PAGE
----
As a dentist you know that from time to time you may be presented with a challenging case of a difficult extraction. As a Wealth Advisor and Financial Planner, I can tell you we are also often presented with a case of a potentially difficult extraction but instead of it being a molar, our challenge is to how best extract funds in the most tax efficient manner from the Dental Professional Corporation (DPC) of a practicing dentist.
One of the methods which has become more popular, especially given the recent tax changes involving Canadian Controlled Private Corporations (CCPC), is the Individual Pension Plan or IPP.
An IPP is a defined benefit pension plan tailored to small business owners such as dentists. It allows for the DPC, as sponsor of the plan, to fund a defined benefit style pension for the dentist and even their spouse if they are also employed by the practice. Thus, extracting corporate funds and directing them to a source which will provide tax efficient retirement income.
The amount of annual funding is similar to an RRSP in that it is a percentage of T4 earnings to a maximum annual limit; however, for an IPP that limit is even higher than the RRSP contribution limit – and grows each year. In addition to the annual funding, the company can also contribute any past service earnings as well as a lump-sum terminal funding at retirement. All these contributions are tax deductible to the corporation. Like an RRSP, your investment choices are broad and any income or capital gains generated inside the plan are sheltered from taxes, but unlike an RRSP, all of the administration fees and investment management fees are tax deductible expenses to the corporation.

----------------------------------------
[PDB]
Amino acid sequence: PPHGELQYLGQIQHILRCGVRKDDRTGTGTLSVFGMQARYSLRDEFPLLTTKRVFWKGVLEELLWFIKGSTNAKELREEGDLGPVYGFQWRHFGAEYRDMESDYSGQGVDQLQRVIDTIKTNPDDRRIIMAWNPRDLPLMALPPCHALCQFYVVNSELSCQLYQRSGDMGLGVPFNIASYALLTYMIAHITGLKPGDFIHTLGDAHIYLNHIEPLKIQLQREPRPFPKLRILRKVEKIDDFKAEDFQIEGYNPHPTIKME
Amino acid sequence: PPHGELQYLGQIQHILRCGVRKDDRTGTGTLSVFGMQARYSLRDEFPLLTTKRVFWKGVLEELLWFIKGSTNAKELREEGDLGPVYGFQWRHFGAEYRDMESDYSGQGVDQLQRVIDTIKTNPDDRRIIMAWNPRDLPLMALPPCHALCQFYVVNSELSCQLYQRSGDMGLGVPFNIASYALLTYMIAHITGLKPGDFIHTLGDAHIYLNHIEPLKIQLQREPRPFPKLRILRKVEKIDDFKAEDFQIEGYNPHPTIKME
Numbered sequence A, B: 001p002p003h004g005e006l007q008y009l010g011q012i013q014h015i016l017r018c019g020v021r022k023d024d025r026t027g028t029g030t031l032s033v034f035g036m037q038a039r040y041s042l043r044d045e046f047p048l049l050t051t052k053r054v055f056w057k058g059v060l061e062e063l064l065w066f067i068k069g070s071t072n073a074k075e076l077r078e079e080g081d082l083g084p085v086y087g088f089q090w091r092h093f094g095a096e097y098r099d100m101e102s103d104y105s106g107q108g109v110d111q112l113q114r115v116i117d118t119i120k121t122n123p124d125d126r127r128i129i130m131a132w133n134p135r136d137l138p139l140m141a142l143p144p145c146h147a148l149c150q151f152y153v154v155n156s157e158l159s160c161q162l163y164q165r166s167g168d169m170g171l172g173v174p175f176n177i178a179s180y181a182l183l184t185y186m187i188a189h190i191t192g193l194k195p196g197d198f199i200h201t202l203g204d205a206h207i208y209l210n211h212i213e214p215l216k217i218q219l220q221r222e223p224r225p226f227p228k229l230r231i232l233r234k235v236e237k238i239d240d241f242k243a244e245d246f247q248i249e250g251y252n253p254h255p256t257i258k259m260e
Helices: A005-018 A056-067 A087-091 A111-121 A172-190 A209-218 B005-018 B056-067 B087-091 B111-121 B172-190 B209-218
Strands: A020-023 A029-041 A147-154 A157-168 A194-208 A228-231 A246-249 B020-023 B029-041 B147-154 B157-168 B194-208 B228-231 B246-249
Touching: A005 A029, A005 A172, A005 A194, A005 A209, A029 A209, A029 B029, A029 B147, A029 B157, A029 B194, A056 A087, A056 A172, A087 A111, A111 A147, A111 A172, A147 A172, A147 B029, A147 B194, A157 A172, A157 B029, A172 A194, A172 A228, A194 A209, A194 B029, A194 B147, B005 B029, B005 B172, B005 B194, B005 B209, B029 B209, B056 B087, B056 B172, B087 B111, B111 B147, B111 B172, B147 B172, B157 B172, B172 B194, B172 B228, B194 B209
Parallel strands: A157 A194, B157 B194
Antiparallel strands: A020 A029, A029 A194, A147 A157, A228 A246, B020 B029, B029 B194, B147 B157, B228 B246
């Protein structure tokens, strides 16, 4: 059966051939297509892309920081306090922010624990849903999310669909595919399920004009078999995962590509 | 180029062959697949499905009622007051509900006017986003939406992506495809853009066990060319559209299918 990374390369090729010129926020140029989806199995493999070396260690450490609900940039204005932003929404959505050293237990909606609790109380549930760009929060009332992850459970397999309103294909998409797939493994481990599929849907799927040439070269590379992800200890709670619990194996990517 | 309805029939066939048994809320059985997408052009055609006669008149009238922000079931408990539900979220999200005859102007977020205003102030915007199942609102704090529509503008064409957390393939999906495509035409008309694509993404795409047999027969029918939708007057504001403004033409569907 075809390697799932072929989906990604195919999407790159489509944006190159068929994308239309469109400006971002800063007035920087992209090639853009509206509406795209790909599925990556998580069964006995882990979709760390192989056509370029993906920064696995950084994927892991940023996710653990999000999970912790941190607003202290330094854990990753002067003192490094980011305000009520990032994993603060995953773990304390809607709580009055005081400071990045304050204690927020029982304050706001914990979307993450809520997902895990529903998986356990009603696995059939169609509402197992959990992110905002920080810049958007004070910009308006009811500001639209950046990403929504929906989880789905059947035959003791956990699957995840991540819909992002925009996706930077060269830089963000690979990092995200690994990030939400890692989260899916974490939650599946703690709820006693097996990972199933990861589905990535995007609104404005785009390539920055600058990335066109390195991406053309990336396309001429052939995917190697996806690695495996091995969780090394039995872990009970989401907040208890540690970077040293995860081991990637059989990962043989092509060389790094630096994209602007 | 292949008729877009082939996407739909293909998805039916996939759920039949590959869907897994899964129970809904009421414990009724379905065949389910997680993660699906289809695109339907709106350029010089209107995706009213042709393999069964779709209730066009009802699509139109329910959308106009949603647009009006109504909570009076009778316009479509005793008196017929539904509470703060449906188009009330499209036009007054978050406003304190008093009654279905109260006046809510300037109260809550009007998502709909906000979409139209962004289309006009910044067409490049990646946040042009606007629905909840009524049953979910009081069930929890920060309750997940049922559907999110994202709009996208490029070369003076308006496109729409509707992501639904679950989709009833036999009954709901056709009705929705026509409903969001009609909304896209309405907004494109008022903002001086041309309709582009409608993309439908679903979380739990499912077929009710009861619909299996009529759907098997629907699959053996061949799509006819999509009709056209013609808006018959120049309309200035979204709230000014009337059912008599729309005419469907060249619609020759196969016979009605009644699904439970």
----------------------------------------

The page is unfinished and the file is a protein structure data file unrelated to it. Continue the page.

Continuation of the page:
Because an IPP is a formal pension plan, it must be registered with the provincial government and must make annual filings and reporting. In addition, a triennial valuation must be performed by an actuary. The plan administrator will generally perform all these requirements and the cost for these is customarily included in the annual administration fee, which is tax deductible.
At retirement the plan can be set up to provide a regular stream of income by way of a pension or the commuted value of the pension can be transferred to a Locked-in Retirement Account or LIRA.
The difference in value over an RRSP at retirement can be significant. One projection we had calculated for a 55-year-old dentist and his 50-year-old spouse had them with over $1 million more in the IPP than if they just went the RRSP route at retirement.
This will not only allow them to extract more money from the company in a very tax efficient manner, but it will also provide them with a known pool of capital at retirement, which will provide them with a predictable income stream through retirement.
Upon death of the annuitant the remainder of the plan can be transferred to a surviving spouse or if there is no surviving spouse, the annuitant’s estate.
However, there are some drawbacks to an IPP. The most common drawback is that it limits contribution room to an RRSP. However, this limitation isn’t a major one for dentists since the bulk of retained earnings, is destined to provide for a retirement income in the future. Some of the other drawbacks are because regular contributions are required to be made, this can be problematic for businesses that don’t have regular income streams. Another small limitation is that funds within the IPP can’t be accessed before the age of 55, but for most dentists these constraints are not an issue.
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At TriDelta Financial we recognize that the recent tax changes, IPP’s have become a very effective tool for extracting funds efficiently from your DPC and should be given serious consideration by every incorporated dentist over the age of 45.